Young Thug has become a pop culture icon with his lyrics. Now the justice system is making him public enemy number one because of them.

Last Thursday, Thug was denied bond for his RICO charge in the YSL indictment. Judge Ural Glanville stated that he had fears that Thug was a flight risk and would intimidate witnesses if he was released on bond. The denial, which comes after bond denials for YSL Records artists Gunna and Yak Gotti, became the latest setback in a torrent of legal precarity for the 28 individuals who were ensnared on a 56-count indictment in May, including charges of murder, racketeering, armed robbery, and aggravated assault with a deadly weapon. The indictment lists dozens of song lyrics and music videos as evidence.

Fulton County District Attorney Fani Willis claimed in a May press conference that YSL isn’t just a label named Young Stoner Life, but a “criminal street gang” called Young Slime Life that she surmises is responsible for over 50 murders in the Atlanta area, “committing, conservatively, 75 to 80 percent of all of the violent crimes in our community.” 

Willis believes YSL has “to be rooted out of our community,” and says her number one focus as a DA is targeting gangs, warning that we can expect to see more RICO indictments against other street gangs in the near future. Her comments, and a leaked Georgia Bureau of Investigation document that mentioned YSL and Lil Baby’s 4PF as “criminal street gangs targeted for investigation,” spurred concerns that more Atlanta artists and crews would be ensnared in RICO cases.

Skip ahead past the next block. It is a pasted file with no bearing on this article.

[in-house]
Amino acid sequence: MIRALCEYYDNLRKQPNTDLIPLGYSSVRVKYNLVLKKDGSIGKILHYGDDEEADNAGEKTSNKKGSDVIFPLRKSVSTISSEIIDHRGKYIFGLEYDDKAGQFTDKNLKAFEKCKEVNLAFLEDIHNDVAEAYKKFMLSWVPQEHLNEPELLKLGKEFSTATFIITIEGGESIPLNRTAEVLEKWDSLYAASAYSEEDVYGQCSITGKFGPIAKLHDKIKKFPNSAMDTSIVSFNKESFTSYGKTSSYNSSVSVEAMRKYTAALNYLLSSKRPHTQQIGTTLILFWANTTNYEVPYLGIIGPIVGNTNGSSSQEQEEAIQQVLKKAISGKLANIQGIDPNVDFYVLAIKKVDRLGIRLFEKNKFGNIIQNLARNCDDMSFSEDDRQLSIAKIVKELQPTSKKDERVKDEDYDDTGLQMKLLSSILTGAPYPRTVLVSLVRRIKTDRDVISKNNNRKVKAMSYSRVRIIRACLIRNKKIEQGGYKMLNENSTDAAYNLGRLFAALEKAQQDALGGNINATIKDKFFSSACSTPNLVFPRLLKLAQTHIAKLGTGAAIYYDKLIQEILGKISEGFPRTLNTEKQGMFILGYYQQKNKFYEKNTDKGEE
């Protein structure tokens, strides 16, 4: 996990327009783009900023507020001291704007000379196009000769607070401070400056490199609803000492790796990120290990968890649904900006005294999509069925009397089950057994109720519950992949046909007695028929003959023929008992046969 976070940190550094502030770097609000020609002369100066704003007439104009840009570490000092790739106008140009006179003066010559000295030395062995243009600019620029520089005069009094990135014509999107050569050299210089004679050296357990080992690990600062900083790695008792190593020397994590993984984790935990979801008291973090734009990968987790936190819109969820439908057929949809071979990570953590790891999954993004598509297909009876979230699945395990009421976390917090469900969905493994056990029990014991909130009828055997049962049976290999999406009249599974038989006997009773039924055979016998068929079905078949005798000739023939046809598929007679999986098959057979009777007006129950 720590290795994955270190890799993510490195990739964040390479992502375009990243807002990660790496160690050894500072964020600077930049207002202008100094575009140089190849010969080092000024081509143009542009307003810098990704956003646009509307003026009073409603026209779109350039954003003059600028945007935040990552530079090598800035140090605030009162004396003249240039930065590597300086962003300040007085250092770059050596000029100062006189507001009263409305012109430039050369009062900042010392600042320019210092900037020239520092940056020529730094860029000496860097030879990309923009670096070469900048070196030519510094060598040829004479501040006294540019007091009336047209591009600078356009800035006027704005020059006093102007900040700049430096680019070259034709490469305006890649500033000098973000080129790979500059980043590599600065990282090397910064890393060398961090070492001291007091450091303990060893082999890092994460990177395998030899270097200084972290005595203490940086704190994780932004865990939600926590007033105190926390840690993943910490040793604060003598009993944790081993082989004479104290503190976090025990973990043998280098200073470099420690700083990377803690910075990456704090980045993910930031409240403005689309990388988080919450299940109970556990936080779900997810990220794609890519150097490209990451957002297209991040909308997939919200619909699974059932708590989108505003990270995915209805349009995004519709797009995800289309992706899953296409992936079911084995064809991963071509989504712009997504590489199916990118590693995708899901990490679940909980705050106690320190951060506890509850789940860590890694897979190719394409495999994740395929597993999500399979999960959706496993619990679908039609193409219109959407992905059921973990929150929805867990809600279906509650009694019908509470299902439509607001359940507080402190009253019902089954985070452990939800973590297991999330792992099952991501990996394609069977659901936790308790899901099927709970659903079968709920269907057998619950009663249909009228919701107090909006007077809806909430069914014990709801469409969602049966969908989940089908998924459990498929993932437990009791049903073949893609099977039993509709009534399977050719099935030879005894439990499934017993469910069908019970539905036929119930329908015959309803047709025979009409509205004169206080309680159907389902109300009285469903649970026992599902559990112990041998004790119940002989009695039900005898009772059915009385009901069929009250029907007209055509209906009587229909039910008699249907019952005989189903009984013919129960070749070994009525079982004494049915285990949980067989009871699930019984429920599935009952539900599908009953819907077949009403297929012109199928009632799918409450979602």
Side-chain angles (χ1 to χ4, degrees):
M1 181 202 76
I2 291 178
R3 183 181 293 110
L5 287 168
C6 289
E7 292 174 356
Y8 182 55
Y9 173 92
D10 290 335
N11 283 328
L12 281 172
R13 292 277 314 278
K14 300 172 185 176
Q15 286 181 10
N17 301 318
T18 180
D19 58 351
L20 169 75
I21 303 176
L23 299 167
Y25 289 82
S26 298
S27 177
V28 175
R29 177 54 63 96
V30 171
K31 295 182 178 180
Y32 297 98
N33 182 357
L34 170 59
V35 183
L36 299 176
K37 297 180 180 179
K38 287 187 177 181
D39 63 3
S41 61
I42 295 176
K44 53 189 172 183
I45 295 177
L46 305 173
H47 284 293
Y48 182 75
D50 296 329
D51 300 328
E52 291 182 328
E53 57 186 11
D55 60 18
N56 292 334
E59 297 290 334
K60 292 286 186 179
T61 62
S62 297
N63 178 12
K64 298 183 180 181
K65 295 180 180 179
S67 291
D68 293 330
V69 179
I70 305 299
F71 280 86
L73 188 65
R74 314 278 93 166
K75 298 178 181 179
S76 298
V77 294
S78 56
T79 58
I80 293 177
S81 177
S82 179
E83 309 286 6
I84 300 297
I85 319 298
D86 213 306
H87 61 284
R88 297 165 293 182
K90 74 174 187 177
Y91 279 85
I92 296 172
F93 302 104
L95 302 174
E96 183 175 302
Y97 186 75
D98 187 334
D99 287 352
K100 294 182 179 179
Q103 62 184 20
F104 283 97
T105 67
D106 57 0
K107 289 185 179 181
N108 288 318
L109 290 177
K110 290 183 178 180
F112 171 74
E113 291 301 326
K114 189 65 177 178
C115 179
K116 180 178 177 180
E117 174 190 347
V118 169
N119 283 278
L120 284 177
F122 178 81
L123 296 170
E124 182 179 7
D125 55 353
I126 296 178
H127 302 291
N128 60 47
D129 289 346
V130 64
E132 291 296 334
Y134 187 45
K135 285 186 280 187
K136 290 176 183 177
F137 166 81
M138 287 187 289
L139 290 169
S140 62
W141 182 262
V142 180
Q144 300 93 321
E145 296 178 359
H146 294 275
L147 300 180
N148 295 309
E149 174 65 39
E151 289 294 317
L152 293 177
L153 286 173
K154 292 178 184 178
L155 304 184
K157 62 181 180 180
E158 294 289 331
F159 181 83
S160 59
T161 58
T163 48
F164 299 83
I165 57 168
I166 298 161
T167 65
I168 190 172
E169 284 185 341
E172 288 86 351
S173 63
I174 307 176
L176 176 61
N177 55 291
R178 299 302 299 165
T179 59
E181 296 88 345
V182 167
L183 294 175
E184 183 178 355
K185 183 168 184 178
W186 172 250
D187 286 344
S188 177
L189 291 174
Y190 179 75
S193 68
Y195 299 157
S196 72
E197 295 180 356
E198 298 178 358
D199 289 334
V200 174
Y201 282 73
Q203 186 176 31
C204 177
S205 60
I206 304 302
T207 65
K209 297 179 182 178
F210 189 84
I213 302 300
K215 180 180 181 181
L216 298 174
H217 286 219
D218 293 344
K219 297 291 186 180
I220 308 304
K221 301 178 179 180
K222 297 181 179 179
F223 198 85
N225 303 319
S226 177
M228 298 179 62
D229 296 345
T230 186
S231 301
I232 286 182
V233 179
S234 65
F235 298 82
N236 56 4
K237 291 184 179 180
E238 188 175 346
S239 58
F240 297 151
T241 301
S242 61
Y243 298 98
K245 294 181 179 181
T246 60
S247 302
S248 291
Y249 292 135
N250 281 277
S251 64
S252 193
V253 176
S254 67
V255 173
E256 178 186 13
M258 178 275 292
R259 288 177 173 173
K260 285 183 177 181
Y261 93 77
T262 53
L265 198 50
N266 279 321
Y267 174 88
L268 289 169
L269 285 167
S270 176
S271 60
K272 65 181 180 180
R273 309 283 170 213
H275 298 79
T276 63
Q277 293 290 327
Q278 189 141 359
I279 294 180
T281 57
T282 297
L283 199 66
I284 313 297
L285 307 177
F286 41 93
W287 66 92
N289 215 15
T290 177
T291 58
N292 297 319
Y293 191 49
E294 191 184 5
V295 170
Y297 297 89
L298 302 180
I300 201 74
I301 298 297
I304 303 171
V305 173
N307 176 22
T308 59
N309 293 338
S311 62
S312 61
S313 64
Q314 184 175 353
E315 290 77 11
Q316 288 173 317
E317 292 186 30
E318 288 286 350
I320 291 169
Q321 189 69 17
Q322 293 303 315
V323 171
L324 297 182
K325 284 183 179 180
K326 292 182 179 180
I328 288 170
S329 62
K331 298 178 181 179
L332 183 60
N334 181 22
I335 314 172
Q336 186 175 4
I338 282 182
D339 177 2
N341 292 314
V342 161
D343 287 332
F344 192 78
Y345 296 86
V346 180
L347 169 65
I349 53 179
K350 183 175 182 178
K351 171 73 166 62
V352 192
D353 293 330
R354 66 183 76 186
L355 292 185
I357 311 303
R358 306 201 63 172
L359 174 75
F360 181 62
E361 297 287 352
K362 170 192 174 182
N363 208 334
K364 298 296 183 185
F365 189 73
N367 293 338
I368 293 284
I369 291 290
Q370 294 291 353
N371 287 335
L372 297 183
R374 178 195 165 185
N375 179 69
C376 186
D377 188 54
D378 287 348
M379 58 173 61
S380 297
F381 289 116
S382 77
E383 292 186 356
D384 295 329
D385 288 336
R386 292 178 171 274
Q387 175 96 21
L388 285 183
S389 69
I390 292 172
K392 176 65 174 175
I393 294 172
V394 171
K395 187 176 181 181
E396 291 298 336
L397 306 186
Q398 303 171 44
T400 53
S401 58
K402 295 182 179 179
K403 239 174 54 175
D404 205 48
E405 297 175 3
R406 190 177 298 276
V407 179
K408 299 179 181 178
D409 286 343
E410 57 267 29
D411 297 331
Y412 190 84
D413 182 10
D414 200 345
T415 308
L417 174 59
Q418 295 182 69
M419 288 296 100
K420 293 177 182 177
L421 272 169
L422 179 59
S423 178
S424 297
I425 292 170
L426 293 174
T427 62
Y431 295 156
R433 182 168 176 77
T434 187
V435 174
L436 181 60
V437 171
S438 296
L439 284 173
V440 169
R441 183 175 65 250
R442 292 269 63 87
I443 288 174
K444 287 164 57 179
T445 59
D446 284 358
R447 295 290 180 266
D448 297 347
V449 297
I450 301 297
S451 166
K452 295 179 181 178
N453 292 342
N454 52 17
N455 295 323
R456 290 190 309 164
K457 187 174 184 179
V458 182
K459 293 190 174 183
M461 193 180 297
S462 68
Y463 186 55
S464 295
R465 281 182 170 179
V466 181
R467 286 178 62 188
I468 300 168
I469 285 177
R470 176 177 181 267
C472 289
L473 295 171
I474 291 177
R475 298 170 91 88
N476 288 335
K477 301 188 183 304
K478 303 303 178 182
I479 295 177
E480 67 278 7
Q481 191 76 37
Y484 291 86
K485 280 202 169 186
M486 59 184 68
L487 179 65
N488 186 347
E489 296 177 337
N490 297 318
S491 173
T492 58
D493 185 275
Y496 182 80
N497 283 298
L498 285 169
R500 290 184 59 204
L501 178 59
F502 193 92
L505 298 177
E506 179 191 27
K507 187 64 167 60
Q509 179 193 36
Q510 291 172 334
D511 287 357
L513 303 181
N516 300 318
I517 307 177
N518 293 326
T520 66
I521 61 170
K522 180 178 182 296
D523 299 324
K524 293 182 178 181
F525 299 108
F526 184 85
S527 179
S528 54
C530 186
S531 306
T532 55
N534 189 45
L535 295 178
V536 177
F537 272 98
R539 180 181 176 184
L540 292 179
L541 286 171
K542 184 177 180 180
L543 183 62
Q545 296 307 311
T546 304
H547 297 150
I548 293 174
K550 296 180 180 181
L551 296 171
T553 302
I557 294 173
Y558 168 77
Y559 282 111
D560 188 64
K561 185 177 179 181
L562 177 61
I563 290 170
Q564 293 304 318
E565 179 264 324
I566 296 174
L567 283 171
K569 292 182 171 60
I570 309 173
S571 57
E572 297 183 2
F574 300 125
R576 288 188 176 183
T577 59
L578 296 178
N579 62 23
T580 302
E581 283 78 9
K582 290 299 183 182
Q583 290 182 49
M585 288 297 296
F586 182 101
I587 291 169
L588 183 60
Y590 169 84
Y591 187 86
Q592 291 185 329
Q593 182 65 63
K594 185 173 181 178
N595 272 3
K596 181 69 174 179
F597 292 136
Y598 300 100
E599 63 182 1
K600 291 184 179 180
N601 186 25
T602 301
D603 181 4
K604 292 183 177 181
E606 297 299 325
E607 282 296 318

Predatory politicians and prosecutors all over the country have used rap lyrics and music videos as evidence in their investigations and court cases recently, criminalizing an art form that’s historically faced racist treatment. Gun violence has risen in economically deprived areas that have suffered even more deprivation over the course of the pandemic, but instead of blaming poverty—the root of criminality—many politicians like Willis are blaming the music. When citizens are desperately searching for answers to stop the violence, it’s easy for them to buy into prosecutors’ tales that artist’s violent songs are real-life admissions of violence and propose to get them off the streets. And it’s advantageous to court headlines by claiming that platinum acts like Young Thug and Gunna are using their resources to fund gangs that actualize the violence some of their music depicts. It’s not a difficult sell for citizens who never liked rap anyway, and the line between art and reality is delicate in hip-hop. But unfortunately, DAs like Willis are bulldozing through the notion of artistic license in furtherance of the justice system’s goal to disproportionately warehouse Black and Brown people. And because of that, RICO is becoming a too-common part of the rap lexicon.